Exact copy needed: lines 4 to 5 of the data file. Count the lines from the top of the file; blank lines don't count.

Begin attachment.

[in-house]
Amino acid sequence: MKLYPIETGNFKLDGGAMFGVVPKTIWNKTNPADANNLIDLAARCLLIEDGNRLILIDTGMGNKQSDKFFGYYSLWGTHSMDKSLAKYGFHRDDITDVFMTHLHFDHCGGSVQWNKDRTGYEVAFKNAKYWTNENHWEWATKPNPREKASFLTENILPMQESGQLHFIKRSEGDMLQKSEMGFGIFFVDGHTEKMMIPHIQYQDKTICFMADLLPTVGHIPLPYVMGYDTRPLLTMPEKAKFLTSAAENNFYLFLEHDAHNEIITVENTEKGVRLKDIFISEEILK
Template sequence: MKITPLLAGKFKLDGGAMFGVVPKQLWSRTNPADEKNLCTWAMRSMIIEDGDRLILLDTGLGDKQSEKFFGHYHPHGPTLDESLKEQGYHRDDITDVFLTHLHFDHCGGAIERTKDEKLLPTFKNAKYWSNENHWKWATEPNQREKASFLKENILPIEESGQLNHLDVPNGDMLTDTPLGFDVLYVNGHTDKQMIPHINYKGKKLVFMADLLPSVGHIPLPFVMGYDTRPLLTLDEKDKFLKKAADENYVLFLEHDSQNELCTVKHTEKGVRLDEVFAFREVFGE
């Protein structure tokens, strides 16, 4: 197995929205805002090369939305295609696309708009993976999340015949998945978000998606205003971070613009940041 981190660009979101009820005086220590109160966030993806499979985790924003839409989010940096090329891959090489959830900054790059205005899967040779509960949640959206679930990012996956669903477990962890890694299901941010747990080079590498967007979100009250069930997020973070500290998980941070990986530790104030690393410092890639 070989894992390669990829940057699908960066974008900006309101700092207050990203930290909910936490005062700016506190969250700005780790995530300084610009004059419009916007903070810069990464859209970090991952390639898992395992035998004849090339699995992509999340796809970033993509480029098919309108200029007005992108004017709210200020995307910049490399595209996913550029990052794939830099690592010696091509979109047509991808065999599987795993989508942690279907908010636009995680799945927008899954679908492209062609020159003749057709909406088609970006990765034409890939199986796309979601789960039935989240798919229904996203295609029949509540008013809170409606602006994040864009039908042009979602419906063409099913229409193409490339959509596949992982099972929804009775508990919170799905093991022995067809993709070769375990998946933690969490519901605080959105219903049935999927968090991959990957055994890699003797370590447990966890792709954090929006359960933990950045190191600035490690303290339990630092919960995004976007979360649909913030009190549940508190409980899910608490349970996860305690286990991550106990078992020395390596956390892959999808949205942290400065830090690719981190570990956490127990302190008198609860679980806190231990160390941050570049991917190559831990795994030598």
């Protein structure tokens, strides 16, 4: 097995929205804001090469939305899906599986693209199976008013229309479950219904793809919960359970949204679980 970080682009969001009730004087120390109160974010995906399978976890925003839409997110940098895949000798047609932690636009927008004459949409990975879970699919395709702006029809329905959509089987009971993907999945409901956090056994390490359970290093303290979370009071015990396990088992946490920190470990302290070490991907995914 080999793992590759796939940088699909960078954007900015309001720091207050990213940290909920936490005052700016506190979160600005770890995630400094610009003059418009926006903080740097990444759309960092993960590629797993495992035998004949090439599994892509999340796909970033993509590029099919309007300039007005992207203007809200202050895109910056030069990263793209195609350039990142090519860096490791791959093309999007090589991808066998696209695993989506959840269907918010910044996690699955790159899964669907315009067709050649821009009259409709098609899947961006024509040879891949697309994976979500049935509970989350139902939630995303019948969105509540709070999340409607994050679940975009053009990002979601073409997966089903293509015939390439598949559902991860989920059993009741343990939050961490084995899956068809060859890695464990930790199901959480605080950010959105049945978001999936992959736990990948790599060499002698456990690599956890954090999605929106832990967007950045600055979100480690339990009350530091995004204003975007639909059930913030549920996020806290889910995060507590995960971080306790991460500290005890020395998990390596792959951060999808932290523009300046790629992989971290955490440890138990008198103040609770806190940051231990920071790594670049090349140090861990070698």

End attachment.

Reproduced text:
């Protein structure tokens, strides 16, 4: 197995929205805002090369939305295609696309708009993976999340015949998945978000998606205003971070613009940041 981190660009979101009820005086220590109160966030993806499979985790924003839409989010940096090329891959090489959830900054790059205005899967040779509960949640959206679930990012996956669903477990962890890694299901941010747990080079590498967007979100009250069930997020973070500290998980941070990986530790104030690393410092890639 070989894992390669990829940057699908960066974008900006309101700092207050990203930290909910936490005062700016506190969250700005780790995530300084610009004059419009916007903070810069990464859209970090991952390639898992395992035998004849090339699995992509999340796809970033993509480029098919309108200029007005992108004017709210200020995307910049490399595209996913550029990052794939830099690592010696091509979109047509991808065999599987795993989508942690279907908010636009995680799945927008899954679908492209062609020159003749057709909406088609970006990765034409890939199986796309979601789960039935989240798919229904996203295609029949509540008013809170409606602006994040864009039908042009979602419906063409099913229409193409490339959509596949992982099972929804009775508990919170799905093991022995067809993709070769375990998946933690969490519901605080959105219903049935999927968090991959990957055994890699003797370590447990966890792709954090929006359960933990950045190191600035490690303290339990630092919960995004976007979360649909913030009190549940508190409980899910608490349970996860305690286990991550106990078992020395390596956390892959999808949205942290400065830090690719981190570990956490127990302190008198609860679980806190231990160390941050570049991917190559831990795994030598």
């Protein structure tokens, strides 16, 4: 097995929205804001090469939305899906599986693209199976008013229309479950219904793809919960359970949204679980 970080682009969001009730004087120390109160974010995906399978976890925003839409997110940098895949000798047609932690636009927008004459949409990975879970699919395709702006029809329905959509089987009971993907999945409901956090056994390490359970290093303290979370009071015990396990088992946490920190470990302290070490991907995914 080999793992590759796939940088699909960078954007900015309001720091207050990213940290909920936490005052700016506190979160600005770890995630400094610009003059418009926006903080740097990444759309960092993960590629797993495992035998004949090439599994892509999340796909970033993509590029099919309007300039007005992207203007809200202050895109910056030069990263793209195609350039990142090519860096490791791959093309999007090589991808066998696209695993989506959840269907918010910044996690699955790159899964669907315009067709050649821009009259409709098609899947961006024509040879891949697309994976979500049935509970989350139902939630995303019948969105509540709070999340409607994050679940975009053009990002979601073409997966089903293509015939390439598949559902991860989920059993009741343990939050961490084995899956068809060859890695464990930790199901959480605080950010959105049945978001999936992959736990990948790599060499002698456990690599956890954090999605929106832990967007950045600055979100480690339990009350530091995004204003975007639909059930913030549920996020806290889910995060507590995960971080306790991460500290005890020395998990390596792959951060999808932290523009300046790629992989971290955490440890138990008198103040609770806190940051231990920071790594670049090349140090861990070698």